The cool thing about Crunchyroll is it has all these random-ass old anime that you can watch on a whim without having to download anything. It’s nonetheless a shitty site because halfway through the show, the video might just give out on you and make you end up downloading it anyway. That’s the technical side of my watching Parasite Dolls tonight.
As for how I watched all three episodes of this mediocre 2003 (wannabe-90s) OVA, it has to do with hot wings. I was eating hot wings. And something about mediocre pulp OVAs and hot wings translates to “the purpose of life.”
This is part of my identity as a fan. I get upset with myself when I see other fans who get more into a certain show than I can, or rewatch something more times or obsess over characters more. I can’t stop myself watching new stuff long enough to obsess over individual things, which is why it’s hard for me to figure out my favorite anime.
This experience shows me why I can’t stop watching new stuff. It’s because I’m delighted by something stupid like bad anime and hot wings. I’m just having too much god damn fun with this whole anime business.
That’s all this post is about, but here’s a review of Paradise Dolls for the hell of it:
I’ve seen Parasite Dolls on the shelves of Best Buy in a combo-pack with A.D. Police Files more times than I can count, but I rightly suspected that it probably wasn’t very good. It isn’t—it’s exactly as good as it needs to be to hold my attention alongside hot wings for an hour and a half.
When it started, the first thing I noticed was writer credit Chiaki J. Konaka, which I hadn’t expected since I’ve talked about him so much and yet somehow overlooked his involvement with this OVA. To say the least, the show doesn’t give a strong Konaka vibe. The closest it comes is a bunch of talk about robot conciousness and dreams, which actually made me think of Oshii Mamoru, the auteur writer-director that I like a bit more than Konaka’s crazy ass. I suspect this is the result of being part of a larger franchise, though you’d think that bringing in Konaka for a random OVA would be a chance to purposefully do something different than the franchise standard. (Not that I’ve seen more of the franchise to confirm that this is standard for it.)
At first, it seemed like Parasite Dolls was trying to tread on the classier side of cheap pulp stories, employing light noir elements and given some life by a very excellent soundtrack (not the least bit by its mostly-flat dialog and directing). It’s like that through the first half of episode two, then suddenly a bunch of action is shoehorned in (not usually a bad thing, but it was pretty tacky here) and the plot gets completely lost, the episode ending in confusion. Finally, the third episode jumps off the cliffside of class into a pit of utter cheese. Sex and violence are cranked up to tasteless levels (I’m not against tasteless sex and violence, but it kind of blindsided me) and it all culminates into a shockingly over-the-top finale.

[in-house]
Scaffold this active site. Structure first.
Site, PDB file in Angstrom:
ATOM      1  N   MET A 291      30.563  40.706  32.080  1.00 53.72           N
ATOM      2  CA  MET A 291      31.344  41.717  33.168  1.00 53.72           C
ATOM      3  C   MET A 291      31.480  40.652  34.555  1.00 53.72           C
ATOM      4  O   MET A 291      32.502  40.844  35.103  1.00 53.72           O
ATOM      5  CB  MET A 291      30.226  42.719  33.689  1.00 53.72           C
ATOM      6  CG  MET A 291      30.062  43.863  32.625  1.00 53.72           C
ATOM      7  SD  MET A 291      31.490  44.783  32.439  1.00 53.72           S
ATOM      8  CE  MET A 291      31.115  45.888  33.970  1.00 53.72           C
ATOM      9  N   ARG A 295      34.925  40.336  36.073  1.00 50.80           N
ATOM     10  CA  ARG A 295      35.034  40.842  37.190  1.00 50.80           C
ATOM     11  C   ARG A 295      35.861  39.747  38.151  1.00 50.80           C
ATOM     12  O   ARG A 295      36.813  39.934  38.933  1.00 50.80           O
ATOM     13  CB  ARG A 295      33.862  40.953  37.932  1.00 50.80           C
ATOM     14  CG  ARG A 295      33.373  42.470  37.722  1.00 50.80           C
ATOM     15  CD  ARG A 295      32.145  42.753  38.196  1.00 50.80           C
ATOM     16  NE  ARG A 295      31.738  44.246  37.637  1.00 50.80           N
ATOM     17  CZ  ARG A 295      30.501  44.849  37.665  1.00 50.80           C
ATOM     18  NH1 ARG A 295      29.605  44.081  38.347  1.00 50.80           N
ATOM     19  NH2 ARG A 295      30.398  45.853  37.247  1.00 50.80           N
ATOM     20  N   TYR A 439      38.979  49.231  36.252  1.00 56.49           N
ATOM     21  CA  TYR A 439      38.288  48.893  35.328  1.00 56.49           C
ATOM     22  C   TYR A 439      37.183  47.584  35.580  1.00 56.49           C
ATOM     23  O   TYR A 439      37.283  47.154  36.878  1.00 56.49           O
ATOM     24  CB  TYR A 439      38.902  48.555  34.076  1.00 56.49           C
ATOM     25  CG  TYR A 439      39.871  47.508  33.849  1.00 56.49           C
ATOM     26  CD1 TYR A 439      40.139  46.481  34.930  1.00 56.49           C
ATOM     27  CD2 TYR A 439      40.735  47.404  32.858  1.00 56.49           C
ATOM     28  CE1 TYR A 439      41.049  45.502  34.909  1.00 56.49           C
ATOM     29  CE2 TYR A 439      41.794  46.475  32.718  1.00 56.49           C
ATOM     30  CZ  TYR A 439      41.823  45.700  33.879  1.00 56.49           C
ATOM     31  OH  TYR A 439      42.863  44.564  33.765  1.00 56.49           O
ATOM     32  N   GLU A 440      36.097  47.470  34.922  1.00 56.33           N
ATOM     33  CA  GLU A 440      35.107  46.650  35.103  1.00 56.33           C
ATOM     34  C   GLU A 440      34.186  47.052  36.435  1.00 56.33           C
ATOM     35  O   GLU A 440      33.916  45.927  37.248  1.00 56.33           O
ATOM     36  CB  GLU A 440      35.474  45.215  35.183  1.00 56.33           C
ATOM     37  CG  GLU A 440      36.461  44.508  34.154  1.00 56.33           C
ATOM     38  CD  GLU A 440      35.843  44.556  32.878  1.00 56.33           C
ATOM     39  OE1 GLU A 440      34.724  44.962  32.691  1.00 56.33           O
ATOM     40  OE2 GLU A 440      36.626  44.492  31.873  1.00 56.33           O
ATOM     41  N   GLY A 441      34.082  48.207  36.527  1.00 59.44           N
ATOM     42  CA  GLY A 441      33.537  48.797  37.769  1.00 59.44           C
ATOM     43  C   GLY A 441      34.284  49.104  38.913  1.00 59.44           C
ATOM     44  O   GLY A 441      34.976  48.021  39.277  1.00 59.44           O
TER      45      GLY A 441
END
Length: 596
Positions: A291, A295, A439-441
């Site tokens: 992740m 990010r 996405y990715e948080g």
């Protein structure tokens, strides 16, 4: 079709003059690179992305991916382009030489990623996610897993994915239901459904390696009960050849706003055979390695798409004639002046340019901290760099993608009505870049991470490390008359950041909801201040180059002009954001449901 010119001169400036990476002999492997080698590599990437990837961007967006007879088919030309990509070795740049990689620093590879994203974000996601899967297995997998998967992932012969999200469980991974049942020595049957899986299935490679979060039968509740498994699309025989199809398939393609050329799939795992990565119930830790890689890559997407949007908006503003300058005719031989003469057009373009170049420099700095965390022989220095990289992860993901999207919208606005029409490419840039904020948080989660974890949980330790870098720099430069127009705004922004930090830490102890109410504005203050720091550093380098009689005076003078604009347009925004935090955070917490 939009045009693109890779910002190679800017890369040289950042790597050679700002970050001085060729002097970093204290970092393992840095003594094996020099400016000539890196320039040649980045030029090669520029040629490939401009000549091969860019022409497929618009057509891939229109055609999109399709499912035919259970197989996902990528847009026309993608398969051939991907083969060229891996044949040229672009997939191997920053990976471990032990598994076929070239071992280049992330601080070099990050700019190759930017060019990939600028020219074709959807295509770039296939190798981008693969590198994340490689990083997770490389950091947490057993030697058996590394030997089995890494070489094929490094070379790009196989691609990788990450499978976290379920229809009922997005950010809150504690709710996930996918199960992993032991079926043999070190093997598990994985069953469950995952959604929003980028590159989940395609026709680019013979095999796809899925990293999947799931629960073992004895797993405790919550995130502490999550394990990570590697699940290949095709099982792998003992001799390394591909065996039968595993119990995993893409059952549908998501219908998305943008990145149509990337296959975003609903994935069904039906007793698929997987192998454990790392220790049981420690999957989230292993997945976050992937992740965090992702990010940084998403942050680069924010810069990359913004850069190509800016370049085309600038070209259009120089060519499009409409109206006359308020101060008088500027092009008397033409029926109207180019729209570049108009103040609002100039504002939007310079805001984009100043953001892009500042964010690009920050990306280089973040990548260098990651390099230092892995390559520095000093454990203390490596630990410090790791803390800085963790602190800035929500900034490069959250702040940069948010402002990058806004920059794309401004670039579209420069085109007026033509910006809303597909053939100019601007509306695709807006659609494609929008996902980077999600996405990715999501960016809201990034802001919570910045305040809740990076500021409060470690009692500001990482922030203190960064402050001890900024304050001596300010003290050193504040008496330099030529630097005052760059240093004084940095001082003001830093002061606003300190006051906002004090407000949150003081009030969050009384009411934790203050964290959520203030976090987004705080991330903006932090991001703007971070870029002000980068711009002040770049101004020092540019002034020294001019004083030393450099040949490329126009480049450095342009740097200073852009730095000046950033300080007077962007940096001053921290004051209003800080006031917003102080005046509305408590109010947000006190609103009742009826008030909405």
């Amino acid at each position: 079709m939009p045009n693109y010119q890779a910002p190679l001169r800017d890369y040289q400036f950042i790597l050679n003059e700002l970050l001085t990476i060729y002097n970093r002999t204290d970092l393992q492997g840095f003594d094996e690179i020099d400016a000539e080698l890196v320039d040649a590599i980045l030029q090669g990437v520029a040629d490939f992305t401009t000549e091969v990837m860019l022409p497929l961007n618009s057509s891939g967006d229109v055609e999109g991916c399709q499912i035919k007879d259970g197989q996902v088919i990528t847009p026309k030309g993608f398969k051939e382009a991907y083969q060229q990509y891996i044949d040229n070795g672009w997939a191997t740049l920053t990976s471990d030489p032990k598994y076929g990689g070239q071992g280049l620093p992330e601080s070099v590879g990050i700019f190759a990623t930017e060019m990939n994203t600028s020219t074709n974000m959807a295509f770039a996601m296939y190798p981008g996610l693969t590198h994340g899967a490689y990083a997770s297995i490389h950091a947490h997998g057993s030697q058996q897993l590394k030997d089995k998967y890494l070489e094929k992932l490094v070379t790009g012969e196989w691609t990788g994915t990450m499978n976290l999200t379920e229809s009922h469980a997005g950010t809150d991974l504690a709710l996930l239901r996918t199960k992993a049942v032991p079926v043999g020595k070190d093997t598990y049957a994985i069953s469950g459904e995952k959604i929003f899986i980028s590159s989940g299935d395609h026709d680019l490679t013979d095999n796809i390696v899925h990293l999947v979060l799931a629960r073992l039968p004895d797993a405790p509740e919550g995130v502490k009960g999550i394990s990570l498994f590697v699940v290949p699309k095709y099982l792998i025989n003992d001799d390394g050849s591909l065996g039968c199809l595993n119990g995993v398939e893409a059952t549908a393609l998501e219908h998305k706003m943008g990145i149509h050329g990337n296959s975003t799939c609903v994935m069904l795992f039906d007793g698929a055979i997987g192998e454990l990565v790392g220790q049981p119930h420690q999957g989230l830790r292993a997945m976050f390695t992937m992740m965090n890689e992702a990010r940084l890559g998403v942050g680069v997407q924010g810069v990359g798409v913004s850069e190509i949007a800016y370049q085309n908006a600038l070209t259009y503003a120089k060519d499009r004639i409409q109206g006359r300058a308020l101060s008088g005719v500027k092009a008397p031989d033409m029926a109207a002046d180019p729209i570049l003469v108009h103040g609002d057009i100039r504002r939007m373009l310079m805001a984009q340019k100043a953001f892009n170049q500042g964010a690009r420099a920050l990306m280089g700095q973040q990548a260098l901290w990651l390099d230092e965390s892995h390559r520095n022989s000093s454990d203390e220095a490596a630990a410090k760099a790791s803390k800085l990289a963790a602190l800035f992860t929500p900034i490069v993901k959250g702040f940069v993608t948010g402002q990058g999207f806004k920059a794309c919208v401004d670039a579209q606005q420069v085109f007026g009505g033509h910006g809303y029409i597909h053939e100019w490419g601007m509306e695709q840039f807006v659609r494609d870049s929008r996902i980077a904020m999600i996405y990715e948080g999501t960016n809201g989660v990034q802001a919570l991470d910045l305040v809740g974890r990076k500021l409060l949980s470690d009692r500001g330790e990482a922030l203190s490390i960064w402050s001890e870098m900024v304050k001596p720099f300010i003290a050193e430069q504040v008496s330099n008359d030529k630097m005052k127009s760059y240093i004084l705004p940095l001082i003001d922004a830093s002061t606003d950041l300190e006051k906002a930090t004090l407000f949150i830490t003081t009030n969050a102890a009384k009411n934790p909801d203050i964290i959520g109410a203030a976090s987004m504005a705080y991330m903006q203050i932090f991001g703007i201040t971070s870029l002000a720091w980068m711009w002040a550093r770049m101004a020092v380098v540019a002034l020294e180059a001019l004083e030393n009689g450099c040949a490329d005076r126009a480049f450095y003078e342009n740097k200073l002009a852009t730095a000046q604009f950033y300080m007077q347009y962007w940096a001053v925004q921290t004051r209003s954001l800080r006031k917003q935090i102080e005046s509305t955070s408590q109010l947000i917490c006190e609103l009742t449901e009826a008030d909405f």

I liked the show best when it was cruising along, being not all that cool, but not looking like a try-hard. The inclusion of gratuitous action scenes would’ve been awesome if the show had come from the 90s and sported a 90s OVA budget, instead of being from 2003 and having a few decent sakuga moments before totally blowing the third episode’s budget on a couple of bad CG chase and explosion scenes.
The best part of this OVA was the rookie cop girl, Michaelson—a tomboy with the right mixture of badass and cute vulnerability, hopelessly crushing on the main guy like a modest Faye Valentine from a far inferior show. She was the only character worth a second thought in the show.
It’s probably no coincidence that her voice actress, Okamura Akemi, played Belldandy in fourteen episodes of The Adventures of Mini-Goddess, while the only other recurring female character in Parasite Dolls was played by Inoue Kikuko, who voiced Belldandy in every other Ah! My Goddess series and the rest of Mini-Goddess. Somewhere out there must be the story of why this happened. (I noticed it at complete random.)
Anyway, I don’t recommend Parasite Dolls to anyone. There are plenty of better pulp OVAs out there. (Riding Bean and Gunsmith Cats are my personal favorites.) I will say, though, that for all the ridiculousness of the third episode, the climax was pretty satisfyingly cool.